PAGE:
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Molecular regulators of catecholamine response in human pulmonary microvascular endothelial cells

Adrian Lopez Garcia de Lomana, Arnar Ingi Vilhjálmsson, John Denver Rafael Florentino, Eva Jacobsen, Sarah McGarrity, Pär Ingemar Johansson, Óttar Rolfsson

Endothelial dysfunction (ED) is a systemic disease state of endothelial cells (ECs) occurring in a broad variety of pathologies. Sustained high levels of catecholamines associate with endothelial dysfunction and vascular permeability. Indeed, circulating adrenaline levels predict mortality in trauma patients. Yet, the molecular mechanisms that drive ECs into a pathological state in trauma patients upon elevated catecholamine levels are not well characterized.
Here, we identified the transcriptomic, metabolic and lipidomic responses to high levels of catecholamines in human pulmonary microvascular endothelial cells (HPMECs). We treated HPMECs with either separate adrenaline or noradrenaline and together to mimic in vivo conditions. We sampled cultures for molecular profiling at 4 hours after exposure. We identified a total set of 308 differentially expressed genes upon catecholamine exposure across all conditions. In particular, we found GRAMD1B, AREG, PDK4 and CXCR4 as the strongest transcriptional responders to treatment. Functional enrichment of responding genes distribute across three major axes: signalling, metabolism and proliferation/differentiation. Furthermore, we carried out lipidome quantification of cell cultures under conditions of interest. Finally, we plan to integrate transcriptome and lipidome profiles by constraining genome-scale metabolic models to predict differential metabolic fluxes under distinct conditions.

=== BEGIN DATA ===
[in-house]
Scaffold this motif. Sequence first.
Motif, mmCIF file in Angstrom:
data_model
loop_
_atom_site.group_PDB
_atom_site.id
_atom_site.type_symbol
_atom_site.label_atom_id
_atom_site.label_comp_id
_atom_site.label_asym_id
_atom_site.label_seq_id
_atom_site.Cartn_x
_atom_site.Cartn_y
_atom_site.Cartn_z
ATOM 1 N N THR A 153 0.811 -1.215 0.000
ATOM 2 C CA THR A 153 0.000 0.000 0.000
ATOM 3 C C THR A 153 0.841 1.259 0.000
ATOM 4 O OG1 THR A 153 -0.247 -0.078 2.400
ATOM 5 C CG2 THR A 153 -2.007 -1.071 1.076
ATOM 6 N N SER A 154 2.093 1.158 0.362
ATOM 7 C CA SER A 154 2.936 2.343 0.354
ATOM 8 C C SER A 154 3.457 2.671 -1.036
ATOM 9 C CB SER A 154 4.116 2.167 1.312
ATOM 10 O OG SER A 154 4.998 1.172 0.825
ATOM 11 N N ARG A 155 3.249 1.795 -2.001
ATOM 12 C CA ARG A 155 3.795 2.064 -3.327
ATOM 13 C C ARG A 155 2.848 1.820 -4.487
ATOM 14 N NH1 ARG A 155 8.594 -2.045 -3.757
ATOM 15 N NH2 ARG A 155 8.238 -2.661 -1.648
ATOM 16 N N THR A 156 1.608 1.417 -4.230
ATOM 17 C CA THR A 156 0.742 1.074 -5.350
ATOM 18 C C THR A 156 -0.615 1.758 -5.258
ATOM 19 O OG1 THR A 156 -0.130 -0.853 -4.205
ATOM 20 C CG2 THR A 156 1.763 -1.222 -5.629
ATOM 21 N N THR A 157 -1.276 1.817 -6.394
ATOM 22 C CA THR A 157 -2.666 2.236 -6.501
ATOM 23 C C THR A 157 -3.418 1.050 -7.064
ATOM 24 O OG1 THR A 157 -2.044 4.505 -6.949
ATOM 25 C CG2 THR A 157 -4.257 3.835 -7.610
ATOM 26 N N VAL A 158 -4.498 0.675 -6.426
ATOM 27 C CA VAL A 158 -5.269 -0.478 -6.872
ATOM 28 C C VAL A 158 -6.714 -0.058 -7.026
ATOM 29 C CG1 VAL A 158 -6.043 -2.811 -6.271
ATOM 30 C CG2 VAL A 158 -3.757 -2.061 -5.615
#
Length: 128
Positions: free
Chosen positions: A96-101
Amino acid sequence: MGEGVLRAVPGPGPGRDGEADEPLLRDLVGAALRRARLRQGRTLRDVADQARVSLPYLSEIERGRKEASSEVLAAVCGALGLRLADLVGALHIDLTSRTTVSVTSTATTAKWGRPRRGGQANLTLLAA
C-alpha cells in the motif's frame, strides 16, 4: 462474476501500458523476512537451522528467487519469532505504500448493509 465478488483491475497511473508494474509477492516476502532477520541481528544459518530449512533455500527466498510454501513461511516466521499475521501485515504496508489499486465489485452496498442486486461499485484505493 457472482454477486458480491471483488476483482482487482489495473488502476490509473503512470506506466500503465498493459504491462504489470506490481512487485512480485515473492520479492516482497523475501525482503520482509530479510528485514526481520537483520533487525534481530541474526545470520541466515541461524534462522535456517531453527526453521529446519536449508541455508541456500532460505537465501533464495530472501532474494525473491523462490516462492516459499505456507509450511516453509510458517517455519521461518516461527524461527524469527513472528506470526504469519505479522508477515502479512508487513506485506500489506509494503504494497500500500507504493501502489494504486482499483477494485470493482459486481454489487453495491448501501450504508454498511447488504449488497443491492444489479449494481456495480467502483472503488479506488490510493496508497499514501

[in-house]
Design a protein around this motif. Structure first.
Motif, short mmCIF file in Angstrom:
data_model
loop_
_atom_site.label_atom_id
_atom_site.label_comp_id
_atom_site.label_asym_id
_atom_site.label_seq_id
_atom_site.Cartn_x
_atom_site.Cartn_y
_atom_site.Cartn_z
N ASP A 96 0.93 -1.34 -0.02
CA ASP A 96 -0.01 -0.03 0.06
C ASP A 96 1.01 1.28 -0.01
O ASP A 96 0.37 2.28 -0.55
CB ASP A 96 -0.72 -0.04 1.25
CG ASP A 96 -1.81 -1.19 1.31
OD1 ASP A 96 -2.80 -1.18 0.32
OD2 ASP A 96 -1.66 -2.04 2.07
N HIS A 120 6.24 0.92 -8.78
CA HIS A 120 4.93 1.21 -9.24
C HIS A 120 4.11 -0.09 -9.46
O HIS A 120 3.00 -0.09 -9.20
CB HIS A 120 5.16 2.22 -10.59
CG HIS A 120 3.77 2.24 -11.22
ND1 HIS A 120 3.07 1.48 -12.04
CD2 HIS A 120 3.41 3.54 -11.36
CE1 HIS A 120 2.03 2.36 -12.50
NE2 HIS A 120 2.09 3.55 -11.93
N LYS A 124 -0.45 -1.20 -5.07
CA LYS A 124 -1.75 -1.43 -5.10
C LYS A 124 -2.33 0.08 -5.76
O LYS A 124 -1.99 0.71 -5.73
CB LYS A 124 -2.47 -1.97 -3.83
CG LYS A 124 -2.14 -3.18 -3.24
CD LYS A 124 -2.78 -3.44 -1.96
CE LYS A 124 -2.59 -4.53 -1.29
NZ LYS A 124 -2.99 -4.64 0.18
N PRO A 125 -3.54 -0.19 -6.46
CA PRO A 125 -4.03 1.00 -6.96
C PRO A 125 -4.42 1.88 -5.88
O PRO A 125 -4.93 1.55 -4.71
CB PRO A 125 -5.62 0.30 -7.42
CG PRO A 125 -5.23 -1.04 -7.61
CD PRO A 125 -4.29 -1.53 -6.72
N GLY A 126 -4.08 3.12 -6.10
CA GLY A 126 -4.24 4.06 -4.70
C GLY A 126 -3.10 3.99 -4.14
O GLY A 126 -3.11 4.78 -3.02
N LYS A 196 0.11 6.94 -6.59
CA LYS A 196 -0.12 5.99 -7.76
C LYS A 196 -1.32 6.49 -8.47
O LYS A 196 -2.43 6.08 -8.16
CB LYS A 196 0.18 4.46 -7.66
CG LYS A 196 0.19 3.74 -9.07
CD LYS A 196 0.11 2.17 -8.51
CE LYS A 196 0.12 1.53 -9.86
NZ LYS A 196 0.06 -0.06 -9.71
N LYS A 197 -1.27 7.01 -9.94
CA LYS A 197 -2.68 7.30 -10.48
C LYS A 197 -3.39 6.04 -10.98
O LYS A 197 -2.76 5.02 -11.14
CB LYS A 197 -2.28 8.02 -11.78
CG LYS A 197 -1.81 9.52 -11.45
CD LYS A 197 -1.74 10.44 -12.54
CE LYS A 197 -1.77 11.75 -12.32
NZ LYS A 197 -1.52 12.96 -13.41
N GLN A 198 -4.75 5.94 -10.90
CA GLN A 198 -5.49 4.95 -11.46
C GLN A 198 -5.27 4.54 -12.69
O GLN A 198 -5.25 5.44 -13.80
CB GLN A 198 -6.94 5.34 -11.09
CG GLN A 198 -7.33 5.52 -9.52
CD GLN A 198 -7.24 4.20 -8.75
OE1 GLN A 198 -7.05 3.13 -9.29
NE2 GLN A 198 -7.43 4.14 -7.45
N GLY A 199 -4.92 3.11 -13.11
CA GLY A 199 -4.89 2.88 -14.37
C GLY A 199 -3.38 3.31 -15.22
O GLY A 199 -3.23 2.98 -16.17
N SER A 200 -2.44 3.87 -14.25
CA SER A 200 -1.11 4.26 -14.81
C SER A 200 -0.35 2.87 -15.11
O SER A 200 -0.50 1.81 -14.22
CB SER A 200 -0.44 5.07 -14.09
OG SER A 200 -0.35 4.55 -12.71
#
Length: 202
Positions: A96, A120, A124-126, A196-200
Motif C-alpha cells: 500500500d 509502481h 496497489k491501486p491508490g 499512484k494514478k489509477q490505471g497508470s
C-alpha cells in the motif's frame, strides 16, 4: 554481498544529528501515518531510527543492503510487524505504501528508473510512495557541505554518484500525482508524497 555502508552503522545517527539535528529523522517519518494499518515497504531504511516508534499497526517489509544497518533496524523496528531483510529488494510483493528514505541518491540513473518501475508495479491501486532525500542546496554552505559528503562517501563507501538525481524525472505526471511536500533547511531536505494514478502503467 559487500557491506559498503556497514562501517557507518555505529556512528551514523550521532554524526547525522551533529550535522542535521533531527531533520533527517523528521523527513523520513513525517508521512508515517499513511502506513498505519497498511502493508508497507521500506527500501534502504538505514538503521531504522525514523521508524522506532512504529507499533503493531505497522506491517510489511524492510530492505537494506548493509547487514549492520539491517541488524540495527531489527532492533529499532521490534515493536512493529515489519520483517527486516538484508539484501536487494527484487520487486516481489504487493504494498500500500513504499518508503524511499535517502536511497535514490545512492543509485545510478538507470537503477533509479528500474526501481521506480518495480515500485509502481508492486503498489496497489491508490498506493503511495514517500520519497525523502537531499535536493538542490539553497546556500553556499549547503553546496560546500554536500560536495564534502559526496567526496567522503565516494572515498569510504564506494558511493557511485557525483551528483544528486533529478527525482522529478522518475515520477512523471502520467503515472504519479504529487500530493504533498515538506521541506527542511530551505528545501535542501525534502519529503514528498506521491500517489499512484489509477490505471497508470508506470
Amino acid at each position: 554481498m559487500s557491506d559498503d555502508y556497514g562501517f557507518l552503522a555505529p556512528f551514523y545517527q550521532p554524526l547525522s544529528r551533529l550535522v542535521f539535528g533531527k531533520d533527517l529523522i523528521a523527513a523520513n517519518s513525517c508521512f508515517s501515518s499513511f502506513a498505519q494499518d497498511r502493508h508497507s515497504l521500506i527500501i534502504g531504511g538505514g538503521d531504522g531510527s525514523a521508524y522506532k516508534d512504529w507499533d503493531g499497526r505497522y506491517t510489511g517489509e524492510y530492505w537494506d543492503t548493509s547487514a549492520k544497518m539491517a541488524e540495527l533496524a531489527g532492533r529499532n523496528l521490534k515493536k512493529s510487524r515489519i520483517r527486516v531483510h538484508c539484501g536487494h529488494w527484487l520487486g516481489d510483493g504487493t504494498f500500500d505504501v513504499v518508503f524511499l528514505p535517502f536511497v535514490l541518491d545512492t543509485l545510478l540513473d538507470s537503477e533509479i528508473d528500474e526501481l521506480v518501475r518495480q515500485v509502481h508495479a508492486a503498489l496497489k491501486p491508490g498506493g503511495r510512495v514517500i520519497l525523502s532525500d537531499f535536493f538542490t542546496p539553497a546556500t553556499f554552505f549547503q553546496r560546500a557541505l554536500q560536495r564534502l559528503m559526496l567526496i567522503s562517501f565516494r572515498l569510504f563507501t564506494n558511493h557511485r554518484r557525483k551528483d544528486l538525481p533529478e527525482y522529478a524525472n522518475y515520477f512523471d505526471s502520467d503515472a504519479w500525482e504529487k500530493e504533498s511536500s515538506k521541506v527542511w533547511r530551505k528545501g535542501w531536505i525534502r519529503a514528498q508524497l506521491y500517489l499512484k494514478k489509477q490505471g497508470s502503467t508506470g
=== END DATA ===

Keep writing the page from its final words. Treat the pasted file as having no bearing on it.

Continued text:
Overall, this integrative analysis collectively builds a whole-scale picture of how signalling pathways downstream catecholamines receptors in ECs trigger a transcriptional state transition that consequently results in metabolic changes that drive ECs out of homeostasis. A precise understanding and prediction of ECs molecular states are fundamental to the discovery of more efficient clinical interventions in trauma patients.


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